Wednesday, July 4, 2018

Ethnic Ministries in the Episcopal Church

One of the resolutions assigned to my committee (Legislative Committee #14 Formation and Discipleship) is A055 Develop MulticulturalMinistry Pathways. We had a hearing on it today and heard testimony by those doing Black, Indigenous, AsiaAmerica, and Hispanic/Latino Ministries. 

We heard stories of Karen communities1 that are growing in churches that were on the brink of closing, vibrant Latino congregations across the church, but the most telling for me was from Brad Hauff, Missioner for Indigenous Ministries. As he shared work that his going on in these communities, he said “those living on the land now known as the United States.” What powerful words on this July 4th to repent the atrocities that we have and continue to commit on non-white communities. 

Image result for all saints episcopal church smyrna
Image from All Saints Episcopal Church, Smyrna, TN
The resolution asks for $100,000 over 3 years. That is $33,000 per year for gatherings, trainings, and collaboration between 4 very different ministries that work very well together. This is a unacceptable amount of money for communities that are growing in the United States. These ministries have long been served by The Episcopal Church but they are not the other. These ministries ARE The Episcopal Church. If The Episcopal Church is going to survive, we have to come to terms with how the United States (knowing that The Episcopal Church is larger than one country but still dominated by it) has changed demographically. These ministries represent our future.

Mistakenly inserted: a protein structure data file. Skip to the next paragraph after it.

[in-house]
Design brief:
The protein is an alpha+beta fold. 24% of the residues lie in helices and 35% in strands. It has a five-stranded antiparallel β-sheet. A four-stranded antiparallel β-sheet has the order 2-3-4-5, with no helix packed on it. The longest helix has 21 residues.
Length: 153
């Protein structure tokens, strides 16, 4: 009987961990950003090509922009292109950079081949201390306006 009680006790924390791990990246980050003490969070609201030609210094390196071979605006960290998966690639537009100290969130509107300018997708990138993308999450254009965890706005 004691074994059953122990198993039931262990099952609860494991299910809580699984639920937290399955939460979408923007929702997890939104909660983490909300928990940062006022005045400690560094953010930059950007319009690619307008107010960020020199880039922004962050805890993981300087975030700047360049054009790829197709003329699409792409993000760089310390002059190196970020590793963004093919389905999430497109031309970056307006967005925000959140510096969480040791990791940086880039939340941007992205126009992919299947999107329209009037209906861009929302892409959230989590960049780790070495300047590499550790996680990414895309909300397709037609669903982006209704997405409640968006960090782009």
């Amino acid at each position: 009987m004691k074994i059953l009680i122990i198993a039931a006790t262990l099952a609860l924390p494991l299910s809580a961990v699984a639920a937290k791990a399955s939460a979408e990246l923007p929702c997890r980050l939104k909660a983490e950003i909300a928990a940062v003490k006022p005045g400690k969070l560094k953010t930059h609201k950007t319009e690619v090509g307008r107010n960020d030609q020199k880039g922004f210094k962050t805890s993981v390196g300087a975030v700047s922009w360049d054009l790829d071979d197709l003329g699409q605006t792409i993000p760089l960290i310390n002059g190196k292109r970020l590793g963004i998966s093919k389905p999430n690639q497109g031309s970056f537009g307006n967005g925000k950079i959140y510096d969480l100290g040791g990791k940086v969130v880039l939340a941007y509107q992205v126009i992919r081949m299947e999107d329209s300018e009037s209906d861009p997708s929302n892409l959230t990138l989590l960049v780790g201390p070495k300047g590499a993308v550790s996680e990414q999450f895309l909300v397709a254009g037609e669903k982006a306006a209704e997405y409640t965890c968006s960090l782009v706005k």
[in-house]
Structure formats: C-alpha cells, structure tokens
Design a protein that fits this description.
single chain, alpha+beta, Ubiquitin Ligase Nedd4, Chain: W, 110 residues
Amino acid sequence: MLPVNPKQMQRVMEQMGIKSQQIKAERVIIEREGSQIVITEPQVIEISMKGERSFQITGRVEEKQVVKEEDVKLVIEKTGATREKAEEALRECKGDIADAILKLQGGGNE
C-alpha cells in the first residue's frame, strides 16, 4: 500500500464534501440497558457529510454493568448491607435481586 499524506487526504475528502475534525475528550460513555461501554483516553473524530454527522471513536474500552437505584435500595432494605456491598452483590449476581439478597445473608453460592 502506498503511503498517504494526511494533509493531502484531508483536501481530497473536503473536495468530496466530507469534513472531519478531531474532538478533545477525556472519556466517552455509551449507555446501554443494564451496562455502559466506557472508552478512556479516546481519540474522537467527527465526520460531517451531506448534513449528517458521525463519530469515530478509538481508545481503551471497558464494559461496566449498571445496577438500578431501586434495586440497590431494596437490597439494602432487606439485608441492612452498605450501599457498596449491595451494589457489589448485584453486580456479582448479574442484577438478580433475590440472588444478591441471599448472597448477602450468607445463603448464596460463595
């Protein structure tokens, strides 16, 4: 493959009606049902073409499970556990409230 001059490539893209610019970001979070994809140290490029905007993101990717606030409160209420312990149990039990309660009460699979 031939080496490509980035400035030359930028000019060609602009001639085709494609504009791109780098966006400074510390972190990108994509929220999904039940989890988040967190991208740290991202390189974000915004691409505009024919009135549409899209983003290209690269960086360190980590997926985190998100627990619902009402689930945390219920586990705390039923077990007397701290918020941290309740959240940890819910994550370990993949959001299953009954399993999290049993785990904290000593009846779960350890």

1 In The Episcopal Church, there are 18 Karen communities served by one priest. They are refugees from the Karen State of Myanmar in Southeast Asia. One example was made famous in the movie All Saints that was released this year about All Saints Episcopal Church in Smyrna, Tennessee.

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